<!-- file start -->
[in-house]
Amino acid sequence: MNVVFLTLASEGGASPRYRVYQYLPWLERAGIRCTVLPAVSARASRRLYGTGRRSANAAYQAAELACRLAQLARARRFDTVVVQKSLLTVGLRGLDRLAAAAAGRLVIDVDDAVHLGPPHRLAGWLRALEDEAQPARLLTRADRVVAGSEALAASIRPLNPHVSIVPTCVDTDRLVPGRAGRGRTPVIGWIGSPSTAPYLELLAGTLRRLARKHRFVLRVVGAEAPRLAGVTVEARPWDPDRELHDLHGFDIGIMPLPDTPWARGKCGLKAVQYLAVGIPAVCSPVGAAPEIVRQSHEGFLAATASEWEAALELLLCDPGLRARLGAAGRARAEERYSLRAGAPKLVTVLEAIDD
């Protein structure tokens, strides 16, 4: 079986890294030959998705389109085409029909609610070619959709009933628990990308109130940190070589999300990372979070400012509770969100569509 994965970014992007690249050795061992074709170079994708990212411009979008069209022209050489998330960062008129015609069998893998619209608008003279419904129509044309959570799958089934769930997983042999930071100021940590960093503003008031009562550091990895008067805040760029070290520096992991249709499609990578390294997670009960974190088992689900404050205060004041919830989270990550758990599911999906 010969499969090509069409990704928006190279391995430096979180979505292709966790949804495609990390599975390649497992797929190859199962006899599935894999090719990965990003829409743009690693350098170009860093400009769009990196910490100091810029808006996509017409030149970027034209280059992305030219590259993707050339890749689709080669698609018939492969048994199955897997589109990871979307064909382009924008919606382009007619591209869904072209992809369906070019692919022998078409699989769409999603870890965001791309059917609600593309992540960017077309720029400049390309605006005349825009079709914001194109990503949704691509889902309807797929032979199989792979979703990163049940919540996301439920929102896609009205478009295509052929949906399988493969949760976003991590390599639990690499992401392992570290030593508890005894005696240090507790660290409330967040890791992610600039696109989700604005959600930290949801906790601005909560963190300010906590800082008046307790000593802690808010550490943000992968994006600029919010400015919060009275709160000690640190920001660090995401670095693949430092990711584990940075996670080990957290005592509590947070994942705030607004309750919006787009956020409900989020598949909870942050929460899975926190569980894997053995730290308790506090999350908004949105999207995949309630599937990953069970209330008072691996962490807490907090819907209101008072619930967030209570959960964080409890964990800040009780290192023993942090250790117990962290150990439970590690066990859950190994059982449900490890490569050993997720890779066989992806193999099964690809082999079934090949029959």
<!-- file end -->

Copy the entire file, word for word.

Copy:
[in-house]
Amino acid sequence: MNVVFLTLASEGGASPRYRVYQYLPWLERAGIRCTVLPAVSARASRRLYGTGRRSANAAYQAAELACRLAQLARARRFDTVVVQKSLLTVGLRGLDRLAAAAAGRLVIDVDDAVHLGPPHRLAGWLRALEDEAQPARLLTRADRVVAGSEALAASIRPLNPHVSIVPTCVDTDRLVPGRAGRGRTPVIGWIGSPSTAPYLELLAGTLRRLARKHRFVLRVVGAEAPRLAGVTVEARPWDPDRELHDLHGFDIGIMPLPDTPWARGKCGLKAVQYLAVGIPAVCSPVGAAPEIVRQSHEGFLAATASEWEAALELLLCDPGLRARLGAAGRARAEERYSLRAGAPKLVTVLEAIDD
């Protein structure tokens, strides 16, 4: 079986890294030959998705389109085409029909609610070619959709009933628990990308109130940190070589999300990372979070400012509770969100569509 994965970014992007690249050795061992074709170079994708990212411009979008069209022209050489998330960062008129015609069998893998619209608008003279419904129509044309959570799958089934769930997983042999930071100021940590960093503003008031009562550091990895008067805040760029070290520096992991249709499609990578390294997670009960974190088992689900404050205060004041919830989270990550758990599911999906 010969499969090509069409990704928006190279391995430096979180979505292709966790949804495609990390599975390649497992797929190859199962006899599935894999090719990965990003829409743009690693350098170009860093400009769009990196910490100091810029808006996509017409030149970027034209280059992305030219590259993707050339890749689709080669698609018939492969048994199955897997589109990871979307064909382009924008919606382009007619591209869904072209992809369906070019692919022998078409699989769409999603870890965001791309059917609600593309992540960017077309720029400049390309605006005349825009079709914001194109990503949704691509889902309807797929032979199989792979979703990163049940919540996301439920929102896609009205478009295509052929949906399988493969949760976003991590390599639990690499992401392992570290030593508890005894005696240090507790660290409330967040890791992610600039696109989700604005959600930290949801906790601005909560963190300010906590800082008046307790000593802690808010550490943000992968994006600029919010400015919060009275709160000690640190920001660090995401670095693949430092990711584990940075996670080990957290005592509590947070994942705030607004309750919006787009956020409900989020598949909870942050929460899975926190569980894997053995730290308790506090999350908004949105999207995949309630599937990953069970209330008072691996962490807490907090819907209101008072619930967030209570959960964080409890964990800040009780290192023993942090250790117990962290150990439970590690066990859950190994059982449900490890490569050993997720890779066989992806193999099964690809082999079934090949029959």